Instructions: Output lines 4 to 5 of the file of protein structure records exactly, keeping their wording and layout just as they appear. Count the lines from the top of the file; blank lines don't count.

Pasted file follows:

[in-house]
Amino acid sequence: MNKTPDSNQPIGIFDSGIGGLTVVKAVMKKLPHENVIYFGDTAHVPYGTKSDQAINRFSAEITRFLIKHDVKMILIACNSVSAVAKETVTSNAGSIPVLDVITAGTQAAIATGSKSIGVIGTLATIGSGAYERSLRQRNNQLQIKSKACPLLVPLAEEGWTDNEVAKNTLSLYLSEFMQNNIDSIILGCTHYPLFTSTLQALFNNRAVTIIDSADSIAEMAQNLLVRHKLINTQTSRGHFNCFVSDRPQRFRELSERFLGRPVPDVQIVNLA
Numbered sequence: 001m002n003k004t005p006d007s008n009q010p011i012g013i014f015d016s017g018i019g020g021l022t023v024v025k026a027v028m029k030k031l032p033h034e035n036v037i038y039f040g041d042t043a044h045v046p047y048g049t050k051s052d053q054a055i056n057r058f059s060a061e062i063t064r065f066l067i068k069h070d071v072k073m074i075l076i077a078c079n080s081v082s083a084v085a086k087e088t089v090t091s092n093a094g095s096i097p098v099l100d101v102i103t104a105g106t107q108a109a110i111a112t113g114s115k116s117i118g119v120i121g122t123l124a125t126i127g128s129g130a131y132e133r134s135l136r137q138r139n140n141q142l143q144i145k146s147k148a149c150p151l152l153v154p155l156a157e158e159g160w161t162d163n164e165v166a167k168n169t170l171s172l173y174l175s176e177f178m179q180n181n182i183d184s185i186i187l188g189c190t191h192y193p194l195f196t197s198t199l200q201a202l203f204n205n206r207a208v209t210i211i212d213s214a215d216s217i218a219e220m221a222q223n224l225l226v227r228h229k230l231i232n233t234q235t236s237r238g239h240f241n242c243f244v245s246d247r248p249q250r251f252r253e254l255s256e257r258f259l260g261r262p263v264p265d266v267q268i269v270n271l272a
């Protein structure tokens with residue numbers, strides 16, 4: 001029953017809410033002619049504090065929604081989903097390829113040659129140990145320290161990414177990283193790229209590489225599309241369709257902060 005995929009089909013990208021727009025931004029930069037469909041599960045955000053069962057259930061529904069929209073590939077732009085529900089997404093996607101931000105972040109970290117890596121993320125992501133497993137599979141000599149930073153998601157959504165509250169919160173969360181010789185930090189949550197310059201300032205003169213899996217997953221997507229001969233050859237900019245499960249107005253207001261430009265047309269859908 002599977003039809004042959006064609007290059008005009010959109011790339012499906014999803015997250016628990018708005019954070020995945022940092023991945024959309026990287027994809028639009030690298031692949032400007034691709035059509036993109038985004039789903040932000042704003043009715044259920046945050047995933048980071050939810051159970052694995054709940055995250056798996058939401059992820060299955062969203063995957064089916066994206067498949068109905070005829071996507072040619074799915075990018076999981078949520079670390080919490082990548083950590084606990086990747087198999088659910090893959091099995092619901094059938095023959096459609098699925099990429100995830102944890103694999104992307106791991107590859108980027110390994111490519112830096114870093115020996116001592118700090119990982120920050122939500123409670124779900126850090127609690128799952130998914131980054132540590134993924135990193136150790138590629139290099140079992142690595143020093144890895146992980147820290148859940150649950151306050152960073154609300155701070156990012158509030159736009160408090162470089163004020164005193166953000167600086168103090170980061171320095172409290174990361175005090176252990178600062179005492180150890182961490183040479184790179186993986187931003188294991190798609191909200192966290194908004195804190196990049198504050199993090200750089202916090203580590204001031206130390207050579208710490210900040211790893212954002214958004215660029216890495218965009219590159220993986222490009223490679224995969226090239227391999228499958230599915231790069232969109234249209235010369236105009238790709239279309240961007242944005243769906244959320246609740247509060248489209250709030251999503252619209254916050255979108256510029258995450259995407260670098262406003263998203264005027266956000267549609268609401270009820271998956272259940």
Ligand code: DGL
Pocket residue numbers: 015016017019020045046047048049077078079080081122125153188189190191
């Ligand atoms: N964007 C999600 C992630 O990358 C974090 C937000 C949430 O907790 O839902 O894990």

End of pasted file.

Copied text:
């Protein structure tokens with residue numbers, strides 16, 4: 001029953017809410033002619049504090065929604081989903097390829113040659129140990145320290161990414177990283193790229209590489225599309241369709257902060 005995929009089909013990208021727009025931004029930069037469909041599960045955000053069962057259930061529904069929209073590939077732009085529900089997404093996607101931000105972040109970290117890596121993320125992501133497993137599979141000599149930073153998601157959504165509250169919160173969360181010789185930090189949550197310059201300032205003169213899996217997953221997507229001969233050859237900019245499960249107005253207001261430009265047309269859908 002599977003039809004042959006064609007290059008005009010959109011790339012499906014999803015997250016628990018708005019954070020995945022940092023991945024959309026990287027994809028639009030690298031692949032400007034691709035059509036993109038985004039789903040932000042704003043009715044259920046945050047995933048980071050939810051159970052694995054709940055995250056798996058939401059992820060299955062969203063995957064089916066994206067498949068109905070005829071996507072040619074799915075990018076999981078949520079670390080919490082990548083950590084606990086990747087198999088659910090893959091099995092619901094059938095023959096459609098699925099990429100995830102944890103694999104992307106791991107590859108980027110390994111490519112830096114870093115020996116001592118700090119990982120920050122939500123409670124779900126850090127609690128799952130998914131980054132540590134993924135990193136150790138590629139290099140079992142690595143020093144890895146992980147820290148859940150649950151306050152960073154609300155701070156990012158509030159736009160408090162470089163004020164005193166953000167600086168103090170980061171320095172409290174990361175005090176252990178600062179005492180150890182961490183040479184790179186993986187931003188294991190798609191909200192966290194908004195804190196990049198504050199993090200750089202916090203580590204001031206130390207050579208710490210900040211790893212954002214958004215660029216890495218965009219590159220993986222490009223490679224995969226090239227391999228499958230599915231790069232969109234249209235010369236105009238790709239279309240961007242944005243769906244959320246609740247509060248489209250709030251999503252619209254916050255979108256510029258995450259995407260670098262406003263998203264005027266956000267549609268609401270009820271998956272259940």
Ligand code: DGL